63,361

 

 

63,161

 

 

66,587

Property and equipment, net

 

 

89,848

 

 

95,269

 

 

86,407

Operating lease assets

 

 

320,169

 

 

 —

 

 

 —

Other assets, net

 

 

35,663

 

 

33,709

 

 

35,459

Other intangibles, net

 

 

41,486

 

 

45,406

 

 

42,404

Deferred income tax assets, net

 

 

25,212

 

 

27,982

 

 

22,427

Trademarks

 

 

438,675

 

 

443,900

 

 

439,742

Goodwill

 

 

260,578

 

 

263,275

 

 

261,137

Total assets

 

$

2,446,544

 

$

2,040,563

 

$

2,208,058

LIABILITIES AND STOCKHOLDERS' EQUITY

 

 

 

 

 

 

 

 

 

Current liabilities

 

 

 

 

 

 

 

 

 

Income tax payable

 

$

3,588

 

$

 —

 

$

8,859

Accounts payable

 

 

172,806

 

 

152,854

 

 

225,499

Accrued expenses

 

 

78,619

 

 

86,058

 

 

102,841

Customer refund liabilities

 

 

210,310

 

 

214,693

 

 

243,589

Current operating lease liabilities

 

 

74,761

 

 

 —

 

 

 —

Other current liabilities

 

 

147

 

 

 —

 

 

 —

Total current liabilities

 

 

540,231

 

 

453,605

 

 

580,788

Notes payable, net of discount and unamortized issuance costs

 

 

411,087

 

 

448,263

 

 

386,604

Deferred income tax liabilities, net

 

 

14,777

 

 

16,388

 

 

15,128

Noncurrent operating lease liabilities

 

 

286,663

 

 

 —

 

 

 —

Other non-current liabilities

 

 

6,960

 

 

39,383

 

 

36,529

Total liabilities

 

 

1,259,718

 

 

957,639

 

 

1,019,049

 

 

 

 

 

 

 

 

 

 

Stockholders' Equity

 

 

 

 

 

 

 

 

 

Preferred stock; 1,000 shares authorized; no shares issued

 

 

 —

 

 

 —

 

 

 —

Common stock - $0.01 par value; 120,000 shares authorized; 49,393,  49,225 and, 49,387 shares issued, respectively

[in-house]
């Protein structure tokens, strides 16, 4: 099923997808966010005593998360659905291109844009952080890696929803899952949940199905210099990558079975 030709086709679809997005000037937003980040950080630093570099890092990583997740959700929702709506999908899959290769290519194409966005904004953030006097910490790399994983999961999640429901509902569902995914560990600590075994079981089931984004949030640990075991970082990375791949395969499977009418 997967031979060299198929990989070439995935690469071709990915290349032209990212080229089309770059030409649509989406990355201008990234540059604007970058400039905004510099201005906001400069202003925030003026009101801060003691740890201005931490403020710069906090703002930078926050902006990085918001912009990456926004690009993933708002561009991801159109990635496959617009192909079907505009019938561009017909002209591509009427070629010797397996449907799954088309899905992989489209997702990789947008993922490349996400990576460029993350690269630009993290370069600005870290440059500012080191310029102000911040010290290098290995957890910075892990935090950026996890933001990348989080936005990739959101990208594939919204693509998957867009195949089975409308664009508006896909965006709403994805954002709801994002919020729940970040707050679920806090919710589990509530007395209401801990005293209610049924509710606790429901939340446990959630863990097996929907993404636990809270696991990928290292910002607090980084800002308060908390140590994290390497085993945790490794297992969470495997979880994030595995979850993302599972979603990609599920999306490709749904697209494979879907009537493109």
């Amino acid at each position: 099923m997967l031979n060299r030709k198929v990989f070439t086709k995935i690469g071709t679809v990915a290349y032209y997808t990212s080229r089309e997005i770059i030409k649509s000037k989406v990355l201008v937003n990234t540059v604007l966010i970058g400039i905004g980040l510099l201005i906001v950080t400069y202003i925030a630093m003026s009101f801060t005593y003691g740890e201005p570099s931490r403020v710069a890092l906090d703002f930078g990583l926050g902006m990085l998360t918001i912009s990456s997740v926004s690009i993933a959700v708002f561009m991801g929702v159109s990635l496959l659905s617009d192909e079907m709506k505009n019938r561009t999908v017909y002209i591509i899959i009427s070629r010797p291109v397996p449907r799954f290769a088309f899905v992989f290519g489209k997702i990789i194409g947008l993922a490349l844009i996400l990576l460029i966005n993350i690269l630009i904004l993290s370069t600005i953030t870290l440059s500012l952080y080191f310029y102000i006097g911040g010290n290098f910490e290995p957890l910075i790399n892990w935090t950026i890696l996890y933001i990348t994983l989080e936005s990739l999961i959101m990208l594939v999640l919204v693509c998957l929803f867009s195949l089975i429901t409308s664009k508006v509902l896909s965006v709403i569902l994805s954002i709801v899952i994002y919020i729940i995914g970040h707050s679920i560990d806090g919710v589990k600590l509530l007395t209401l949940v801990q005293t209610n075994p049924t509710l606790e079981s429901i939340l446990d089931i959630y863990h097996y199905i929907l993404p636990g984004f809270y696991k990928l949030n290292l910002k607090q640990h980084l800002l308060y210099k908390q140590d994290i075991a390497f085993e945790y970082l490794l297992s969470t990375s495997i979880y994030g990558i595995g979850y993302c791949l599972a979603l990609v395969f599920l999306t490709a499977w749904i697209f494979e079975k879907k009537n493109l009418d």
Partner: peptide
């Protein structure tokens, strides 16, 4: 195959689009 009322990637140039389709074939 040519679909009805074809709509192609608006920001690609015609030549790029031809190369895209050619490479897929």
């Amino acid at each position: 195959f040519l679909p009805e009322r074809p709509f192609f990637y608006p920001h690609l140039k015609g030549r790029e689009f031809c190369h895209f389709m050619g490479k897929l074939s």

264

 

 

262

 

 

264

Additional paid-in capital

 

 

456,835

 

 

454,398

 

 

464,112

Accumulated other comprehensive loss

 

 

(18,421)

 

 

(2,086)

 

 

(15,194)

Retained earnings

 

 

761,344

 

 

630,633

 

 

758,881

Common stock held in treasury, at cost - 470,  72 and 678 shares, respectively

 

 

(13,196)

 

 

(283)

 

 

(19,054)

Total stockholders' equity

 

 

1,186,826

 

 

1,082,924

 

 

1,189,009

Total liabilities and stockholders' equity

 

$

2,446,544

 

$

2,040,563

 

$

2,208,058

 

The accompanying notes are an integral part of these statements.

3

 

G-III APPAREL GROUP, LTD. AND SUBSIDIARIES

CONDENSED CONSOLIDATED STATEMENTS OF INCOME AND COMPREHENSIVE INCOME

 

 

 

 

 

 

 

 

 

Three Months Ended April 30,

 

    

2019

    

2018

 

 

(Unaudited)

 

 

(In thousands, except per share amounts)

Net sales

 

$

633,552

 

$

611,743

Cost of goods sold

 

 

397,488

 

 

377,216

Gross profit

 

 

236,064

 

 

234,527

Selling, general and administrative expenses

 

 

201,859

 

 

202,071

Depreciation and amortization

 

 

9,473

 

 

9,380

Gain on lease terminations

 

 

(829)

 

 

 —

Operating profit

 

 

25,561

 

 

23,076

Other loss

 

 

(648)

 

 

(451)

Interest and financing charges, net

 

 

(10,320)

 

 

(9,620)

Income before income taxes

 

 

14,593

 

 

13,005

Income tax expense

 

 

2,550

 

 

3,120

Net income

 

$

12,043

 

$

9,885

 

 

 

 

 

 

 

NET INCOME PER COMMON SHARE:

 

 

 

 

 

 

Basic:

 

 

 

 

 

 

Net income per common share

 

$

0.25

 

$

0.20

Weighted average number of shares outstanding

 

 

48,781

 

 

49,127

 

 

 

 

 

 

 

Diluted:

 

 

 

 

 

 

Net income per common share

 

$

0.24

 

$

0.20

Weighted average number of shares outstanding

 

 

49,774

 

 

50,137

 

 

 

 

 

 

 

Net income

 

$

12,043

 

$

9,885

Other comprehensive income:

 

 

 

 

 

 

Foreign currency translation adjustments

 

 

(3,227)

 

 

3,436

Other comprehensive income (loss)

 

 

(3,227)

 

 

3,436

Comprehensive income

 

$

8,816

 

$

13,321

 

The accompanying notes are an integral part of these statements.

4

 

G-III APPAREL GROUP, LTD. AND SUBSIDIARIES

CONDENSED CONSOLIDATED STATEMENTS OF CASH FLOWS 

 

 

 

 

 

 

 

 

 

Three Months Ended April 30,

 

    

2019

    

2018

 

 

(Unaudited)

 

 

(In thousands)

Cash flows from operating activities

 

 

 

 

 

 

Net income

 

$

12,043

 

$

9,885

Adjustments to reconcile net income to net cash used in operating activities:

 

 

 

 

 

 

Depreciation and amortization

 

 

9,473

 

 

9,380

Loss on disposal of fixed assets

 

 

1,154

 

 

53

Operating lease assets

 

 

20,284

 

 

 —

Gain on lease terminations

 

 

(829)

 

 

 —

Dividend received from unconsolidated affiliate

 

 

1,960

 

 

 —

Equity (gain)/loss in unconsolidated affiliates

 

 

(358)